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BLM co-founder Patrisse Cullors says organization is focused on the 'need to reinvest into Black communities'
For the first time in almost eight years since its founding, leaders of the Black Lives Matter movement's principal organization are sharing a more detailed look at the group's finances. According to a financial snapshot obtained by the Associated Press this week, the Black Lives Matter Global Network Foundation raked in a whopping $90 million in donations last year.
The massive haul can reportedly be credited to an avalanche in contributions that followed the death of George Floyd in late May and continued on for the better part of the year. Floyd's death was the pivotal moment that kickstarted an international reckoning on police brutality against black people and racial injustice, in general, the effects of which can still be felt today.
Now the organization is reportedly aiming to build an infrastructure to catch up to the pace of its fundraising, with the goal of becoming known for more than just being the group that organizes protests after black Americans die in confrontation with police.
"We want to uplift Black joy and liberation, not just Black death. We want to see Black communities thriving, not just surviving," an impact statement shared with the AP said.
One of its primary goals for 2021 is to establish "economic justice." BLM co-founder Patrisse Cullors added more specifically that the organization is focused on the "need to reinvest into Black communities."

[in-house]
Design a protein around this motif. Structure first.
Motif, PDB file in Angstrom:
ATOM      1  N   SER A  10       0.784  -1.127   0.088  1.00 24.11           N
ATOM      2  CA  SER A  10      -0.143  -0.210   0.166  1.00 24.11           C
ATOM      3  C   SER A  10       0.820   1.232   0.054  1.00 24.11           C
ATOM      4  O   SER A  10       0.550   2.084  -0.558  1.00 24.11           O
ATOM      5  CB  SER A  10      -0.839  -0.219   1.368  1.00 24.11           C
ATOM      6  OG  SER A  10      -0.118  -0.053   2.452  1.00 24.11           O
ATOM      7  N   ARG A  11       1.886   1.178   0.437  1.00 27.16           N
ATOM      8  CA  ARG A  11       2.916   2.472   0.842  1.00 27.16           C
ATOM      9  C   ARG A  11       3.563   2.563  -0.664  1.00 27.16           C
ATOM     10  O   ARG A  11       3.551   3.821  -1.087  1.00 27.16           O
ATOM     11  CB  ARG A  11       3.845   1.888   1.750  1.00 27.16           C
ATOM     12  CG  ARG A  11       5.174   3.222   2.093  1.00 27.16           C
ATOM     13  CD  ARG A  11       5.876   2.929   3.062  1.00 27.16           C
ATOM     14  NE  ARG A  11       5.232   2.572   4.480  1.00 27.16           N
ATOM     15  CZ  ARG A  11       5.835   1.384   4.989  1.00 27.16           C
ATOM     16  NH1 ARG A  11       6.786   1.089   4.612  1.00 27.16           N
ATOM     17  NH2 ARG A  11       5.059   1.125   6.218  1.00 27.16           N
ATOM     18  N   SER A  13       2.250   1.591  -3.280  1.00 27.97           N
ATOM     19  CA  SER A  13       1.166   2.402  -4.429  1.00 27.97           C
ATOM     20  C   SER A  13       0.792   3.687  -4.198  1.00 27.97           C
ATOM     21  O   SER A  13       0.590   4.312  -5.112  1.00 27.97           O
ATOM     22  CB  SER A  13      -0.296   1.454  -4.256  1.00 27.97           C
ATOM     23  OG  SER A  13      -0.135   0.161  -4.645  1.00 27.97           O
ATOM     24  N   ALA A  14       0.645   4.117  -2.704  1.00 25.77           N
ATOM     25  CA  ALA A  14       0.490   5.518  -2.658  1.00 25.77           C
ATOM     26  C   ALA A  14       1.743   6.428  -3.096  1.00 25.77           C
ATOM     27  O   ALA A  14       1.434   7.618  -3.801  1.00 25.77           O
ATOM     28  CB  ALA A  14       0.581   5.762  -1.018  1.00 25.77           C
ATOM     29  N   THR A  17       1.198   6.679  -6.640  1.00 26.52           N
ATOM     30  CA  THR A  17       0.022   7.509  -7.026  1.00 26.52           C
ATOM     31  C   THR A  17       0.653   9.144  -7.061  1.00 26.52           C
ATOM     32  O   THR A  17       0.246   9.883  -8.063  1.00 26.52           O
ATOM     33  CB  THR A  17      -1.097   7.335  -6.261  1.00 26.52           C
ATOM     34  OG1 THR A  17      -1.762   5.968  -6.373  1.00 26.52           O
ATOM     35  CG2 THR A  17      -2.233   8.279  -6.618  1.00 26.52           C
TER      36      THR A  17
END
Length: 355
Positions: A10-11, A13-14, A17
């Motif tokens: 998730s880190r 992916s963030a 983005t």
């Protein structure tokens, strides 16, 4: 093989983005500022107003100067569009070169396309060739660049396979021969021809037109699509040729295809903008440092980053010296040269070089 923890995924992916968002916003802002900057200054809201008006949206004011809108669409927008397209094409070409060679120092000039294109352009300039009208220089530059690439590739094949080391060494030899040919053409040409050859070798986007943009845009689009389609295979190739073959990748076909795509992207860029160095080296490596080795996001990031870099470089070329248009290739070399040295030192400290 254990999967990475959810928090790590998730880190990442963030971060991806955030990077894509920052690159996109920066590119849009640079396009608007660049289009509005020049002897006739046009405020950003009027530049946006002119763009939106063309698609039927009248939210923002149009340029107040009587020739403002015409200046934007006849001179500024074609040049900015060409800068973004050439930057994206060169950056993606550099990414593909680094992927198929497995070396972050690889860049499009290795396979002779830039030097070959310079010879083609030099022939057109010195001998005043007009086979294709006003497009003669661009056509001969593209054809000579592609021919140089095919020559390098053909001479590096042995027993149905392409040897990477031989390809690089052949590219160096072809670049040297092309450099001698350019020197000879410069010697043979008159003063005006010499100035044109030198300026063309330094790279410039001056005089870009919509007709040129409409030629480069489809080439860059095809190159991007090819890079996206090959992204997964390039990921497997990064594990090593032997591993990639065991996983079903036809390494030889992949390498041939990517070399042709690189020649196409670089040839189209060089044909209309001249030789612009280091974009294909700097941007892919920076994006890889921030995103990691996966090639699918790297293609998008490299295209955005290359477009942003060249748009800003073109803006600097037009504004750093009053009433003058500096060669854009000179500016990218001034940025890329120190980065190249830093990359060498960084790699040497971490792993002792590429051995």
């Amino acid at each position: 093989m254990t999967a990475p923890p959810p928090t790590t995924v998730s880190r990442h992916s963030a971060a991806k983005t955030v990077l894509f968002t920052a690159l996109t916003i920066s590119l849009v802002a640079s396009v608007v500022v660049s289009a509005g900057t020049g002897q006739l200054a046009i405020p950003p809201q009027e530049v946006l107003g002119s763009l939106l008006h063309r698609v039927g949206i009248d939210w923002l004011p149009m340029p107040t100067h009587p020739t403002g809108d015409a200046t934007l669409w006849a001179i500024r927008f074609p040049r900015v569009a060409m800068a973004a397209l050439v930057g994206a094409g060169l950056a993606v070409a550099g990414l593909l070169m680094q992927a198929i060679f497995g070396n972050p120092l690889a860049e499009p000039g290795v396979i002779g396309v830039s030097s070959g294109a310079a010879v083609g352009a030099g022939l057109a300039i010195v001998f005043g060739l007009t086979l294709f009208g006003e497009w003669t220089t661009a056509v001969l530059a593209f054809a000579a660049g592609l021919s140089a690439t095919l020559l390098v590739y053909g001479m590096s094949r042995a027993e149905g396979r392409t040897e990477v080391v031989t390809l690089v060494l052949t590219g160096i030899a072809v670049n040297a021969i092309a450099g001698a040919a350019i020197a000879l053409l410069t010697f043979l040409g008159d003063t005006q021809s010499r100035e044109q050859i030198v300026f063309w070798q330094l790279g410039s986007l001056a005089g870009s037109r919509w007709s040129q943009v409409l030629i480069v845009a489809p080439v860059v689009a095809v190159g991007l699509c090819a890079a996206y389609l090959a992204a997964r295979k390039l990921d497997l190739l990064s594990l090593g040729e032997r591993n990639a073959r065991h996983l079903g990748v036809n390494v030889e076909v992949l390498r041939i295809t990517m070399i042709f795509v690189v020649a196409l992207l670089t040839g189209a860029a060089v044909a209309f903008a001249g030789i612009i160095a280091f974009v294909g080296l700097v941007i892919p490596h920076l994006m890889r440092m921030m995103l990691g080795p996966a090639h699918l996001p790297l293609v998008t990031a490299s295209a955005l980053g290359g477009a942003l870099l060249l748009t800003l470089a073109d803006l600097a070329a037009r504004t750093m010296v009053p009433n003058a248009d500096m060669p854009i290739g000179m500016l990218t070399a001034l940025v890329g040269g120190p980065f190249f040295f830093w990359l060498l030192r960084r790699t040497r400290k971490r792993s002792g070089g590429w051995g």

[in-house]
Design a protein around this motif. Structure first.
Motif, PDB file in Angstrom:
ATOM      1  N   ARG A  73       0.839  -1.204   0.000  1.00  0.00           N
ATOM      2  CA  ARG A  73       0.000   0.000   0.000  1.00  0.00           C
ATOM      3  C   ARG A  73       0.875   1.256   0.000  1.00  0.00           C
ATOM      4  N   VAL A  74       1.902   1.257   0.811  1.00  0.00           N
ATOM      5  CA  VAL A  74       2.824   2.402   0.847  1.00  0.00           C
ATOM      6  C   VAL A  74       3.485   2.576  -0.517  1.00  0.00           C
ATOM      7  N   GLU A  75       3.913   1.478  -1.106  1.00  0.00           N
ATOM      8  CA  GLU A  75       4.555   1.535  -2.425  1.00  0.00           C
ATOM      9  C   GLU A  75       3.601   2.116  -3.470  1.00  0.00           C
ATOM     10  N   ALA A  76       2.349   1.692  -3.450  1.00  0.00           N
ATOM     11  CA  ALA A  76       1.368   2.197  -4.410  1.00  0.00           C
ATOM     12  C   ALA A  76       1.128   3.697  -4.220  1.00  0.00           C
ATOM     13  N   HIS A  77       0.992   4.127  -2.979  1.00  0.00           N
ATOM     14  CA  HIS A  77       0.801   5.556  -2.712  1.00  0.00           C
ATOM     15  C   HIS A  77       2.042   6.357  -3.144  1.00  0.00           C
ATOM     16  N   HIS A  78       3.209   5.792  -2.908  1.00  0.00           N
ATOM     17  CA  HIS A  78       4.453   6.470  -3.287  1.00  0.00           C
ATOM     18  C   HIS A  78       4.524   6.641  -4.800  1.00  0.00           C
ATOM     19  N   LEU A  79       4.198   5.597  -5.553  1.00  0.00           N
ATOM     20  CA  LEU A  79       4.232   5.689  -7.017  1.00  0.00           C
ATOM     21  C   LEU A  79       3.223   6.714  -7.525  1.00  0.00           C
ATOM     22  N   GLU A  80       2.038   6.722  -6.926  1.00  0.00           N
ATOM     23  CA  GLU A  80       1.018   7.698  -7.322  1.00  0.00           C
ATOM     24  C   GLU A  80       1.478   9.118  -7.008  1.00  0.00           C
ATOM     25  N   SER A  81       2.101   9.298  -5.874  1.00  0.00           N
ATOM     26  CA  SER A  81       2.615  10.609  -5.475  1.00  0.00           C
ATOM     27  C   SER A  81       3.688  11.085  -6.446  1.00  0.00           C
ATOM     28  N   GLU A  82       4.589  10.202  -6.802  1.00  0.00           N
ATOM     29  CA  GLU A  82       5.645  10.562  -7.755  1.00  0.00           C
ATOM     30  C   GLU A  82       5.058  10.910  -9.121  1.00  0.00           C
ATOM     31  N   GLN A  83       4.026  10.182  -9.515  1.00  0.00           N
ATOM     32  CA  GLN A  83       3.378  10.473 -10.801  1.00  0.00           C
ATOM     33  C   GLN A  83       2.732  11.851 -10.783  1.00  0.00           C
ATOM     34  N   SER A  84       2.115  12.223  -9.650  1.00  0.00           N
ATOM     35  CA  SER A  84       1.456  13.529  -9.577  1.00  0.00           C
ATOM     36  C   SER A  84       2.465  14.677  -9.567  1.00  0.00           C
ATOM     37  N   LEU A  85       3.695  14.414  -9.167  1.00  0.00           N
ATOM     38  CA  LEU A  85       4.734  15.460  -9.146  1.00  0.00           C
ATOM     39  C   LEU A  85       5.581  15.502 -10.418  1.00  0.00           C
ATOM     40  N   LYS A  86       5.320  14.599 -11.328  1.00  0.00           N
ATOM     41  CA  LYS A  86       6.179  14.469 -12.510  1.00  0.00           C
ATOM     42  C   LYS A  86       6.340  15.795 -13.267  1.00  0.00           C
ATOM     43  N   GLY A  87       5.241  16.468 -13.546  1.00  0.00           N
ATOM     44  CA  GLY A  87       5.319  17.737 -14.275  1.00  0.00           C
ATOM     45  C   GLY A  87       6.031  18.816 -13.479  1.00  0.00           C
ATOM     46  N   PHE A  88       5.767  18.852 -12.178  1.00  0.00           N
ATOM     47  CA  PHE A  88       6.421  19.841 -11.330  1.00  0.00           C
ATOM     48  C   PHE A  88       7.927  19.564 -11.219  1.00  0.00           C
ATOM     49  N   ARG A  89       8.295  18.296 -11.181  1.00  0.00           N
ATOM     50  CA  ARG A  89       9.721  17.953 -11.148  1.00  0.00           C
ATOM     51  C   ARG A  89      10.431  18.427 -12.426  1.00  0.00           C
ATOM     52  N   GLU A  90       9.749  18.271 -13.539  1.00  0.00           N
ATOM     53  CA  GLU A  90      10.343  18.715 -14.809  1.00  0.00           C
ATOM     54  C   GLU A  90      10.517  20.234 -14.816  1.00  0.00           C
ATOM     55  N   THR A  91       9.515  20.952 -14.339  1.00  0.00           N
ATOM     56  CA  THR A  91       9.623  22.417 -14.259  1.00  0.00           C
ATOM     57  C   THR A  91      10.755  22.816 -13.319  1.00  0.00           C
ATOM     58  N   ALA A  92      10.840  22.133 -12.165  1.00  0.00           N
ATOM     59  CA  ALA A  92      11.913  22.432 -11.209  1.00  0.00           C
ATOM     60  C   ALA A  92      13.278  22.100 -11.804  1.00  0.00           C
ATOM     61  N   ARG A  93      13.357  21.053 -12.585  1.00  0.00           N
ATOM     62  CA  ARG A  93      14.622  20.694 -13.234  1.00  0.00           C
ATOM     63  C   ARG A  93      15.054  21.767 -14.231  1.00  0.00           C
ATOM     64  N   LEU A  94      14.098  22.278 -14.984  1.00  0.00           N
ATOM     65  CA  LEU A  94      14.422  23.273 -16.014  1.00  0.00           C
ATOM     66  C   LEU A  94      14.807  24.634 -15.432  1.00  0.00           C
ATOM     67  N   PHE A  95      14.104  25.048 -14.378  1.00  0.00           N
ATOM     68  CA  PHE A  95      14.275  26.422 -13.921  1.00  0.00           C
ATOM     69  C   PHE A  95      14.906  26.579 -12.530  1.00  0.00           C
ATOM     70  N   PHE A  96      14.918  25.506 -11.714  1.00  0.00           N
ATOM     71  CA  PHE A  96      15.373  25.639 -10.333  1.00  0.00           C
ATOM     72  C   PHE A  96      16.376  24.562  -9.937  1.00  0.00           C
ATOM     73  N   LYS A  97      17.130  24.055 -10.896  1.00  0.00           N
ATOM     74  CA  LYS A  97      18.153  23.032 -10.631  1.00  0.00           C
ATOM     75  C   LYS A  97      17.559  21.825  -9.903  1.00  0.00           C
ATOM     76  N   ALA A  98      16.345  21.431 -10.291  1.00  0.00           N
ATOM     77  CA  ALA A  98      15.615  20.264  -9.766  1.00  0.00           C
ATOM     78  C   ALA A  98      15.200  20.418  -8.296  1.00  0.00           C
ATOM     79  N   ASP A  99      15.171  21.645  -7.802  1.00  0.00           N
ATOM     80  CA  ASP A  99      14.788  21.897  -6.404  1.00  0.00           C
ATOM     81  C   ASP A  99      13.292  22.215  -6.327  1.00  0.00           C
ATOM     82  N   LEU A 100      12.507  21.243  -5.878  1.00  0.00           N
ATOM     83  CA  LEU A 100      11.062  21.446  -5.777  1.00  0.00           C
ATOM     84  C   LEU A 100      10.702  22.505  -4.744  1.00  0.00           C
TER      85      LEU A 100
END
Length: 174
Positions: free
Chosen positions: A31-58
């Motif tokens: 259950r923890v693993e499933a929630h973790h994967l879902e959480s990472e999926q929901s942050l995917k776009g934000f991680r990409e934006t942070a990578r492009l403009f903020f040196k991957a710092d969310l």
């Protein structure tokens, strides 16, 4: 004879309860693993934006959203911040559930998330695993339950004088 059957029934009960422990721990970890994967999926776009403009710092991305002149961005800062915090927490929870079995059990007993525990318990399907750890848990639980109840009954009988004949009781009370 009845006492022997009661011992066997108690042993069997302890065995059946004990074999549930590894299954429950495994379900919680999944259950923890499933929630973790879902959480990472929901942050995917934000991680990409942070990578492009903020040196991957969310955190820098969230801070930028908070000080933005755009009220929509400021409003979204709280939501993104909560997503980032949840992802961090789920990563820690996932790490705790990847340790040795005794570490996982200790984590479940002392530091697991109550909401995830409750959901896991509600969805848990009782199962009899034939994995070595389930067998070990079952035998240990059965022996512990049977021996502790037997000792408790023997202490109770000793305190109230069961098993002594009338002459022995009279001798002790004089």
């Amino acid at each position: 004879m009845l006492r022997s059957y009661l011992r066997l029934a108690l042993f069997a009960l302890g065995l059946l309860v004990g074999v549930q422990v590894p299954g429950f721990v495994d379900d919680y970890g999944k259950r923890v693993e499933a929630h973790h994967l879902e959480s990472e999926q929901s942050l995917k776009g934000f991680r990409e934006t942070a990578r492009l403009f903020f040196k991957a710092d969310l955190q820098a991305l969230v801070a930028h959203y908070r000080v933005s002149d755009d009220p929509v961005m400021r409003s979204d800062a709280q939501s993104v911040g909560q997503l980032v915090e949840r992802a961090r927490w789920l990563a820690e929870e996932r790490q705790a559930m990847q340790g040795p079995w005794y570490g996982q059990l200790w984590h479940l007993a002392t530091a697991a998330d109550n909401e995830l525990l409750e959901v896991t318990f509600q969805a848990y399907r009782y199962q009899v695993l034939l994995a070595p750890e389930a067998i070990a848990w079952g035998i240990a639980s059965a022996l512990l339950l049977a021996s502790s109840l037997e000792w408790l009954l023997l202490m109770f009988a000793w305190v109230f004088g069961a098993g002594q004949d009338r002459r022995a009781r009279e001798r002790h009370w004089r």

"One of our biggest goals this year is taking the dollars we were able to raise in 2020 and building out the institution we've been trying to build for the last seven and a half years," she said.
Yet for all its lofty goals and successes in fundraising, the organization has been simultaneously plagued by infighting. As more money was raised and more power was concentrated at the top, longstanding tensions between grassroots organizers and the foundation's leadership began to boil over.
Activists at local chapters had complained for years that they weren't receiving enough support from the global network. Then late last year, 10 local chapters severed ties with the organization as part of a tense internal revolt.
Last summer, news broke that over the last three fiscal years only 6% of BLM's spending went to local chapters, while millions went toward travel and staff compensation.
According to the financial snapshot made available to the AP, the organization worked to correct that in 2020.
"The foundation said it committed $21.7 million in grant funding to official and unofficial BLM chapters, as well as 30 Black-led local organizations," the report stated. "It ended 2020 with a balance of more than $60 million, after spending nearly a quarter of its assets on the grant funds and other charitable giving."
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